From the Newsroom
São Paulo – The coffee production in Saudi Arabia is expected to surpass 300 tons by the end of 2020 due to increased production in the Jazan region (pictured) in the Southwest of the Arab country, near the border with Yemen, with just over 120,000 residents. The 7th Coffee Beans Festival starts on January 30 and runs until February 5 amid these expectations.
“This year’s festival is completely different in terms of activities, with more focus on displaying the local products of Saudi coffee bean farmers,” Mefarah Al-Malki, director of the festival, told Saudi newspaper Arab News. “There are new programs to turn the spotlight on the achievements of Saudi young men and women,” he added.
Award-winning coffee farmer Hussain Hadi Al-Malki, from Al-Dayer governorate, said the Jazan region produced 250 tons of coffee beans last year, but this year production will reach 300 tons. He added that Al-Dayer accounts for 80% of Jazan’s coffee bean production, and that the number of coffee farmers in the region has exceeded 700.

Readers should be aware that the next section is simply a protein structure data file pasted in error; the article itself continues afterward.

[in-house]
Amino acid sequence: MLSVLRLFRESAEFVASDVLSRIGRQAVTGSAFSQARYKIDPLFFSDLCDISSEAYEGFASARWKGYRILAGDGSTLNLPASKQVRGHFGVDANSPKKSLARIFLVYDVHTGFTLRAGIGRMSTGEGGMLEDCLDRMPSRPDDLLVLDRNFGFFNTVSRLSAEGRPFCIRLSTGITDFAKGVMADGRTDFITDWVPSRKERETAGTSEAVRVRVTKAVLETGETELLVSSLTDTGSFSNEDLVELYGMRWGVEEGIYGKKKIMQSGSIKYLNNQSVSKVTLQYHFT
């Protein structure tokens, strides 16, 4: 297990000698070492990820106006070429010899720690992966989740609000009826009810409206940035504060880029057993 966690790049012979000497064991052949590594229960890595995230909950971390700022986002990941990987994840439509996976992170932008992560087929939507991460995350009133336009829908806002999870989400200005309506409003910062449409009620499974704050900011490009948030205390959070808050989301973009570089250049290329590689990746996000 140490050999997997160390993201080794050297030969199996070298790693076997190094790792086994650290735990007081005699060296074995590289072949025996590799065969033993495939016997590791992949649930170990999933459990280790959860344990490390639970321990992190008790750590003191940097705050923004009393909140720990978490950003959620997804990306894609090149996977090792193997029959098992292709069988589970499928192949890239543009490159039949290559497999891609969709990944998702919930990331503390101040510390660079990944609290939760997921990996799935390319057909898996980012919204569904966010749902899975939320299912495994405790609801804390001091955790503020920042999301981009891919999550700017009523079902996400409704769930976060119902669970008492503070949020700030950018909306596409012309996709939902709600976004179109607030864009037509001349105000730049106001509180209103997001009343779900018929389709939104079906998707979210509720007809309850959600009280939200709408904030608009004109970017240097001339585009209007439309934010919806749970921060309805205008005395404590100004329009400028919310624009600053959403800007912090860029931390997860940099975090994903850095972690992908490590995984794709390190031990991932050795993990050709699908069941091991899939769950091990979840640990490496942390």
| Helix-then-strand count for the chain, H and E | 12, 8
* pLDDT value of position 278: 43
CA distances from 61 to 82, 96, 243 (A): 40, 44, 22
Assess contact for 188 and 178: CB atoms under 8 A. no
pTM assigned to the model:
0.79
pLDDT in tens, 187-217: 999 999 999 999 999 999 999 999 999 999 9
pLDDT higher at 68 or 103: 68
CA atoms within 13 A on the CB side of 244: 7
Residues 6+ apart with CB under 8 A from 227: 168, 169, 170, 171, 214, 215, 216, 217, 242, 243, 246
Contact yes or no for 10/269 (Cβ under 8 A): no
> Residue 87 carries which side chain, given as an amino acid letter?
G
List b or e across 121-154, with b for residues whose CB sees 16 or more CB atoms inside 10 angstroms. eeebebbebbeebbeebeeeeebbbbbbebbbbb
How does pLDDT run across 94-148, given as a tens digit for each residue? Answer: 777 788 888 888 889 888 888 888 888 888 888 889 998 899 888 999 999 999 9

Coffee bean trees are planted and cultivated at an altitude of 800-2,000 meters above sea level. The higher the altitude, the greater the yield and quality. The bean trees need special care, and take up to five years from the time a seed is planted until production.
Hussain said coffee trees should be pruned properly, and their top branches should be cut off so the tree is not taller than 2 meters.
“Planting coffee trees in the kingdom faces several challenges such as labor, water for irrigation and costs. There are no real capital investments in this field,” he told Arab News. “Farmers need support from the time they grow coffee beans to the yield stage in order to cover associated expenses and costs,” he finished.
The Saudi Heritage Preservation Society asked the United Nations Educational, Scientific and Cultural Organization (UNESCO) to provide protection for the ancient art of Khawlani coffee making in Saudi Arabia. The Arab tradition passed down from one generation to the next since the ancient tribes of the Khawlan, who cultivated Khawlani coffee beans over 300 years ago.
Efforts to start preserving this legacy started in 2019 by documenting the cultivation process of Khawlani coffee beans. Being passed down orally, the coffee growing techniques are crucial to the preservation of the nation’s cultural identity as well as the Islam history, as the coffee was grown by Sufi monks in Yemen.
*With information from Arab News newspaper.
Translated by Guilherme Miranda